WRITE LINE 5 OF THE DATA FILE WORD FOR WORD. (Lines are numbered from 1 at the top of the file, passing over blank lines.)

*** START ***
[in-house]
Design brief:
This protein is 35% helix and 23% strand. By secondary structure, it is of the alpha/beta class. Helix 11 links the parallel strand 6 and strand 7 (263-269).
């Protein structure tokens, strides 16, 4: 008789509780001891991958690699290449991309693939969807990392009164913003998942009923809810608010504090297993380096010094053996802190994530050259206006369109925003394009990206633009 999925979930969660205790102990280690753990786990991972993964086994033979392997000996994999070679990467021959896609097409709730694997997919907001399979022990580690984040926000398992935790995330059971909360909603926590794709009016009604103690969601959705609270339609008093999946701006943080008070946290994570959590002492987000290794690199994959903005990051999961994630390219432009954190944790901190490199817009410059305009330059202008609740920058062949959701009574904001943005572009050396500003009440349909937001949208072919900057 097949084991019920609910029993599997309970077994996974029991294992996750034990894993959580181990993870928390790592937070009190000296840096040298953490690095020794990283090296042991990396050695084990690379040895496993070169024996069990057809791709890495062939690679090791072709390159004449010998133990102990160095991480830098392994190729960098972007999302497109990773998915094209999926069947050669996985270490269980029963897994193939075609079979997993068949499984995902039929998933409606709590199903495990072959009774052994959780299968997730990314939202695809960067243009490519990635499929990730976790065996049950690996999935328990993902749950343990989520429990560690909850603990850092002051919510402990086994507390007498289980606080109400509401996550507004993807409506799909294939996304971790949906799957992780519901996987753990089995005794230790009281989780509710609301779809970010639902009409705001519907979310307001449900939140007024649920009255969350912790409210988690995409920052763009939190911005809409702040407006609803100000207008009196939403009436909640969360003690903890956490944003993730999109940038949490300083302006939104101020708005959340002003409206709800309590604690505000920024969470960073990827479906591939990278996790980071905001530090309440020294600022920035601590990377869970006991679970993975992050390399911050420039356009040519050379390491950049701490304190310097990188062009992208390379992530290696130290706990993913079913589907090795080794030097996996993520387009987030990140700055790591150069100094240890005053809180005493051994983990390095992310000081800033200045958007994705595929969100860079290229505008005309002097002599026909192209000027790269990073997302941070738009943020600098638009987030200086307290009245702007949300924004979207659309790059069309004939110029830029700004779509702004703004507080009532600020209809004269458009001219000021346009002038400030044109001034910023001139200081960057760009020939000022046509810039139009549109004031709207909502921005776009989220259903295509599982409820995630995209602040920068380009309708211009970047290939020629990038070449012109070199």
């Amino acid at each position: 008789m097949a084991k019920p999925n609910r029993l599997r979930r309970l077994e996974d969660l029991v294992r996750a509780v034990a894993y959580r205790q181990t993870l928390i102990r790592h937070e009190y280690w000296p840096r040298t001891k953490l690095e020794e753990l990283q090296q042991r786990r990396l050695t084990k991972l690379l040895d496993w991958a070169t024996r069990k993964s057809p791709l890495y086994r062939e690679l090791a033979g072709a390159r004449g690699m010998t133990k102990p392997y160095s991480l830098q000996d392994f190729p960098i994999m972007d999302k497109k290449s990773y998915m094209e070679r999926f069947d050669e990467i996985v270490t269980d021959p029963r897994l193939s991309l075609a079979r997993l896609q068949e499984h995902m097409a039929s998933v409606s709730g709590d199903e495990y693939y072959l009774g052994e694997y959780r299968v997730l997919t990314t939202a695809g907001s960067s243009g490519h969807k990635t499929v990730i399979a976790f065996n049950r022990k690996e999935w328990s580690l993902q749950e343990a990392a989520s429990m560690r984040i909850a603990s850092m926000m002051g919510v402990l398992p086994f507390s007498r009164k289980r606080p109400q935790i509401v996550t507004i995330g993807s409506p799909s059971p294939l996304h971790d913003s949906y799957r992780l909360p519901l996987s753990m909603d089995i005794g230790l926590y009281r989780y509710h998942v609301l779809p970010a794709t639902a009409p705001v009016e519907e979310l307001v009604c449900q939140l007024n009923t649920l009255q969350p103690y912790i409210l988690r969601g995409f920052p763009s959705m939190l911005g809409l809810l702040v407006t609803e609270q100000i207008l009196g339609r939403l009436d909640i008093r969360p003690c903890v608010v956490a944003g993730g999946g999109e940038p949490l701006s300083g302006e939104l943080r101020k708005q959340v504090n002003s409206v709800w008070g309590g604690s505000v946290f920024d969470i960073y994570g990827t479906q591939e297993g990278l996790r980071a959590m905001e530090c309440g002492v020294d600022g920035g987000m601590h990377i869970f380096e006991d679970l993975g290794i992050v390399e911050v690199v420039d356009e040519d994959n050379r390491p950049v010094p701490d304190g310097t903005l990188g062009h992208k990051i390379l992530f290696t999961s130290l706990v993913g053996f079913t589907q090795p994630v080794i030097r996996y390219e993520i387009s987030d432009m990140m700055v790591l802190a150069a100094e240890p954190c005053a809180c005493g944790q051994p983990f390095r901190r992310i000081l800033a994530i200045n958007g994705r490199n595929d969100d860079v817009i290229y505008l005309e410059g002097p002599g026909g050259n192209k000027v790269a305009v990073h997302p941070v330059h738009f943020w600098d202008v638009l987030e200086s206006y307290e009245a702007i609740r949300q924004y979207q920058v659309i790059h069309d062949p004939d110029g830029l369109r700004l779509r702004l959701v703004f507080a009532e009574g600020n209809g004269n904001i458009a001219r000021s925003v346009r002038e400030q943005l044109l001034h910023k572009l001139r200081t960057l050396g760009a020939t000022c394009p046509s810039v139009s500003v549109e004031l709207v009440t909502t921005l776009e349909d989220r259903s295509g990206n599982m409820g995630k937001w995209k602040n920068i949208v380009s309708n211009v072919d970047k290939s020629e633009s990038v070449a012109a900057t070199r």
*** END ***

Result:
């Amino acid at each position: 008789m097949a084991k019920p999925n609910r029993l599997r979930r309970l077994e996974d969660l029991v294992r996750a509780v034990a894993y959580r205790q181990t993870l928390i102990r790592h937070e009190y280690w000296p840096r040298t001891k953490l690095e020794e753990l990283q090296q042991r786990r990396l050695t084990k991972l690379l040895d496993w991958a070169t024996r069990k993964s057809p791709l890495y086994r062939e690679l090791a033979g072709a390159r004449g690699m010998t133990k102990p392997y160095s991480l830098q000996d392994f190729p960098i994999m972007d999302k497109k290449s990773y998915m094209e070679r999926f069947d050669e990467i996985v270490t269980d021959p029963r897994l193939s991309l075609a079979r997993l896609q068949e499984h995902m097409a039929s998933v409606s709730g709590d199903e495990y693939y072959l009774g052994e694997y959780r299968v997730l997919t990314t939202a695809g907001s960067s243009g490519h969807k990635t499929v990730i399979a976790f065996n049950r022990k690996e999935w328990s580690l993902q749950e343990a990392a989520s429990m560690r984040i909850a603990s850092m926000m002051g919510v402990l398992p086994f507390s007498r009164k289980r606080p109400q935790i509401v996550t507004i995330g993807s409506p799909s059971p294939l996304h971790d913003s949906y799957r992780l909360p519901l996987s753990m909603d089995i005794g230790l926590y009281r989780y509710h998942v609301l779809p970010a794709t639902a009409p705001v009016e519907e979310l307001v009604c449900q939140l007024n009923t649920l009255q969350p103690y912790i409210l988690r969601g995409f920052p763009s959705m939190l911005g809409l809810l702040v407006t609803e609270q100000i207008l009196g339609r939403l009436d909640i008093r969360p003690c903890v608010v956490a944003g993730g999946g999109e940038p949490l701006s300083g302006e939104l943080r101020k708005q959340v504090n002003s409206v709800w008070g309590g604690s505000v946290f920024d969470i960073y994570g990827t479906q591939e297993g990278l996790r980071a959590m905001e530090c309440g002492v020294d600022g920035g987000m601590h990377i869970f380096e006991d679970l993975g290794i992050v390399e911050v690199v420039d356009e040519d994959n050379r390491p950049v010094p701490d304190g310097t903005l990188g062009h992208k990051i390379l992530f290696t999961s130290l706990v993913g053996f079913t589907q090795p994630v080794i030097r996996y390219e993520i387009s987030d432009m990140m700055v790591l802190a150069a100094e240890p954190c005053a809180c005493g944790q051994p983990f390095r901190r992310i000081l800033a994530i200045n958007g994705r490199n595929d969100d860079v817009i290229y505008l005309e410059g002097p002599g026909g050259n192209k000027v790269a305009v990073h997302p941070v330059h738009f943020w600098d202008v638009l987030e200086s206006y307290e009245a702007i609740r949300q924004y979207q920058v659309i790059h069309d062949p004939d110029g830029l369109r700004l779509r702004l959701v703004f507080a009532e009574g600020n209809g004269n904001i458009a001219r000021s925003v346009r002038e400030q943005l044109l001034h910023k572009l001139r200081t960057l050396g760009a020939t000022c394009p046509s810039v139009s500003v549109e004031l709207v009440t909502t921005l776009e349909d989220r259903s295509g990206n599982m409820g995630k937001w995209k602040n920068i949208v380009s309708n211009v072919d970047k290939s020629e633009s990038v070449a012109a900057t070199r």